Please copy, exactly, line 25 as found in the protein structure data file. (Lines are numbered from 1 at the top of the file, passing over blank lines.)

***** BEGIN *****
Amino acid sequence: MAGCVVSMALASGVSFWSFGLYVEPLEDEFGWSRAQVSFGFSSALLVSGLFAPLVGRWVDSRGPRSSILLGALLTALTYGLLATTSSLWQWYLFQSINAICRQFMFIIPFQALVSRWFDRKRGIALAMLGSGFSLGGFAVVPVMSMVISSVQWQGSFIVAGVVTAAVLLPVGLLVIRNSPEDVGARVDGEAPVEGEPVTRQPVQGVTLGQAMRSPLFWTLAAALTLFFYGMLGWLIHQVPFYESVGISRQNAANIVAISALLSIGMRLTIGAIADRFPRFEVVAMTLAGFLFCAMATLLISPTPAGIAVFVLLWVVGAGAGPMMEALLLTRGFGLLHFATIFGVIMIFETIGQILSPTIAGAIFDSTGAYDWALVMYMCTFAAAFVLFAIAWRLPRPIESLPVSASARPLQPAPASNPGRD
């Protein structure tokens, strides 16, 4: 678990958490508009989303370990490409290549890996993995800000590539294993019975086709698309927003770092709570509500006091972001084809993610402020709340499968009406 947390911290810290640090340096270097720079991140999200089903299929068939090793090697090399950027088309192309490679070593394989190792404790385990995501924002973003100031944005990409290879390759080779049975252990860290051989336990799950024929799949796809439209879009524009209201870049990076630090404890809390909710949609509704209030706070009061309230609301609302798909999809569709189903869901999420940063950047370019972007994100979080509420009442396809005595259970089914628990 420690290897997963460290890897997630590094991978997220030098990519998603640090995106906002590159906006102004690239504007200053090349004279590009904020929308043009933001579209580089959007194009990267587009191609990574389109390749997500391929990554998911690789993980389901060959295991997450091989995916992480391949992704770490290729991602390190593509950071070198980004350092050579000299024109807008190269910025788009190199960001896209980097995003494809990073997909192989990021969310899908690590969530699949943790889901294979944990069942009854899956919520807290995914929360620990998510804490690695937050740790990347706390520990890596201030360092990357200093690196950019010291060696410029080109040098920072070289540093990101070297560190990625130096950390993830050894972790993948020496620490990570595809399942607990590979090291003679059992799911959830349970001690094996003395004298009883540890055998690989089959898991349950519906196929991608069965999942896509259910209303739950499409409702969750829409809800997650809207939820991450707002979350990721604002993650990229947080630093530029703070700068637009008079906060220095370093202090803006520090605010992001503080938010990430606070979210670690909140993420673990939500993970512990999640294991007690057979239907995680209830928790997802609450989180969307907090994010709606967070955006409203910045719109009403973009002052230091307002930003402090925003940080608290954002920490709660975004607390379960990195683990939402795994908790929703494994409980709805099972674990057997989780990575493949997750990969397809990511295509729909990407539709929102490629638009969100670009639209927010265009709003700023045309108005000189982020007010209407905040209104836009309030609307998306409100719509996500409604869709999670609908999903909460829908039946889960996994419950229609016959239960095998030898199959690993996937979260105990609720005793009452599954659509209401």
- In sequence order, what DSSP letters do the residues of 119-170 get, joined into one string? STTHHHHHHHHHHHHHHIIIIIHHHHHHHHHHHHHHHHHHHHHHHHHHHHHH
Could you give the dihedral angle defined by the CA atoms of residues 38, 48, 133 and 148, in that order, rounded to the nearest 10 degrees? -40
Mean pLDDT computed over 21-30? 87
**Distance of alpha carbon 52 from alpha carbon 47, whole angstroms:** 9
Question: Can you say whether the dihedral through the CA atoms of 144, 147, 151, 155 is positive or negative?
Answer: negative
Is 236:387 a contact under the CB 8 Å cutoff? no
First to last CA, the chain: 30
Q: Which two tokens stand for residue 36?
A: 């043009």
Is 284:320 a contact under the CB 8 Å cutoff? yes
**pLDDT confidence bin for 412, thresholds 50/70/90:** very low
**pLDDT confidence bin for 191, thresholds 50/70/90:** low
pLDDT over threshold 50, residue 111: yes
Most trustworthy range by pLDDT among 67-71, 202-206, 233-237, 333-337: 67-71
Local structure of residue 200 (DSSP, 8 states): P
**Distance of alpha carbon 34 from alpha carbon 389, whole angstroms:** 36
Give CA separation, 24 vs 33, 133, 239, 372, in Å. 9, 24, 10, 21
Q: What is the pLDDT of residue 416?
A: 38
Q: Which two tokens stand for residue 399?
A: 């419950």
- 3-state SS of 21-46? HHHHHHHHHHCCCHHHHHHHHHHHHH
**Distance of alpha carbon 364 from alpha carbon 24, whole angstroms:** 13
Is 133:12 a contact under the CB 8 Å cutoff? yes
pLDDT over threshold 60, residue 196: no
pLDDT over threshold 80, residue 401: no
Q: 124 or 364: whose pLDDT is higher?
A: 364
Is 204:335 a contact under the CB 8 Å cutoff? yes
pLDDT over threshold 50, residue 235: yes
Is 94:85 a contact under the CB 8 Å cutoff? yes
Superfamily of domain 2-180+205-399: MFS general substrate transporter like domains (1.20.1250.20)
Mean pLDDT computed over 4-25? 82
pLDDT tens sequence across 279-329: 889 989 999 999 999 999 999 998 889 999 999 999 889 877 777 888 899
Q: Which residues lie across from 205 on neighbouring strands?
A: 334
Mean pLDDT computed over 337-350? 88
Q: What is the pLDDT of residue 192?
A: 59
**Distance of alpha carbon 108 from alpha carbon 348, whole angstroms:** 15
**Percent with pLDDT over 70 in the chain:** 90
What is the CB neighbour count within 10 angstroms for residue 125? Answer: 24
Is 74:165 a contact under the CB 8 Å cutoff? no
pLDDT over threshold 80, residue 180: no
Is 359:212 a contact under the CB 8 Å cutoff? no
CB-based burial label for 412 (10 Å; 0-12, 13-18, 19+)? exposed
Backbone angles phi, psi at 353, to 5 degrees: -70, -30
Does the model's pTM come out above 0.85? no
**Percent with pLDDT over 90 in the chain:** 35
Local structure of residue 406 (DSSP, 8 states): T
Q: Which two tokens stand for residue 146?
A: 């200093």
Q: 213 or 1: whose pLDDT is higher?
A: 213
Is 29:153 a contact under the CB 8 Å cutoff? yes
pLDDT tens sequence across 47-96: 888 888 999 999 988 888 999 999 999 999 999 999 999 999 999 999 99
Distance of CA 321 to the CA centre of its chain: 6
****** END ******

- 3-state SS of 21-46? HHHHHHHHHHCCCHHHHHHHHHHHHH